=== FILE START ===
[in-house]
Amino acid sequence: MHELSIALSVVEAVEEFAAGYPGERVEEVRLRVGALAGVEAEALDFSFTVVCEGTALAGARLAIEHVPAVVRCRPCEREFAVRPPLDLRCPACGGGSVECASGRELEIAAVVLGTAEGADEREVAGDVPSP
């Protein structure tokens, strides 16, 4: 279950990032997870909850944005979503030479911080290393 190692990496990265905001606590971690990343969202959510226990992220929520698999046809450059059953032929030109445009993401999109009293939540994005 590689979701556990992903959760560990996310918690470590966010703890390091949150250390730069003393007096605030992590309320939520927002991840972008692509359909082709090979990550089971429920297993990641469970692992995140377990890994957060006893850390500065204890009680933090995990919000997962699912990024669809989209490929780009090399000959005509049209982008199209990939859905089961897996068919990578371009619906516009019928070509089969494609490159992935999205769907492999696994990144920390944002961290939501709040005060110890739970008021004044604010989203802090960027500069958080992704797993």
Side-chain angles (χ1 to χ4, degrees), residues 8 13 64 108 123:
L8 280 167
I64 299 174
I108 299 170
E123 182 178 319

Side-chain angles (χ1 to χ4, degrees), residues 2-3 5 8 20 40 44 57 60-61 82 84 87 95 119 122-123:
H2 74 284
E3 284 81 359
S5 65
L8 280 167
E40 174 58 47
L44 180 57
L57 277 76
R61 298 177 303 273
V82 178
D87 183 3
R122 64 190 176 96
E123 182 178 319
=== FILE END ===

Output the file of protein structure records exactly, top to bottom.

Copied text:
[in-house]
Amino acid sequence: MHELSIALSVVEAVEEFAAGYPGERVEEVRLRVGALAGVEAEALDFSFTVVCEGTALAGARLAIEHVPAVVRCRPCEREFAVRPPLDLRCPACGGGSVECASGRELEIAAVVLGTAEGADEREVAGDVPSP
């Protein structure tokens, strides 16, 4: 279950990032997870909850944005979503030479911080290393 190692990496990265905001606590971690990343969202959510226990992220929520698999046809450059059953032929030109445009993401999109009293939540994005 590689979701556990992903959760560990996310918690470590966010703890390091949150250390730069003393007096605030992590309320939520927002991840972008692509359909082709090979990550089971429920297993990641469970692992995140377990890994957060006893850390500065204890009680933090995990919000997962699912990024669809989209490929780009090399000959005509049209982008199209990939859905089961897996068919990578371009619906516009019928070509089969494609490159992935999205769907492999696994990144920390944002961290939501709040005060110890739970008021004044604010989203802090960027500069958080992704797993």
Side-chain angles (χ1 to χ4, degrees), residues 8 13 64 108 123:
L8 280 167
I64 299 174
I108 299 170
E123 182 178 319

Side-chain angles (χ1 to χ4, degrees), residues 2-3 5 8 20 40 44 57 60-61 82 84 87 95 119 122-123:
H2 74 284
E3 284 81 359
S5 65
L8 280 167
E40 174 58 47
L44 180 57
L57 277 76
R61 298 177 303 273
V82 178
D87 183 3
R122 64 190 176 96
E123 182 178 319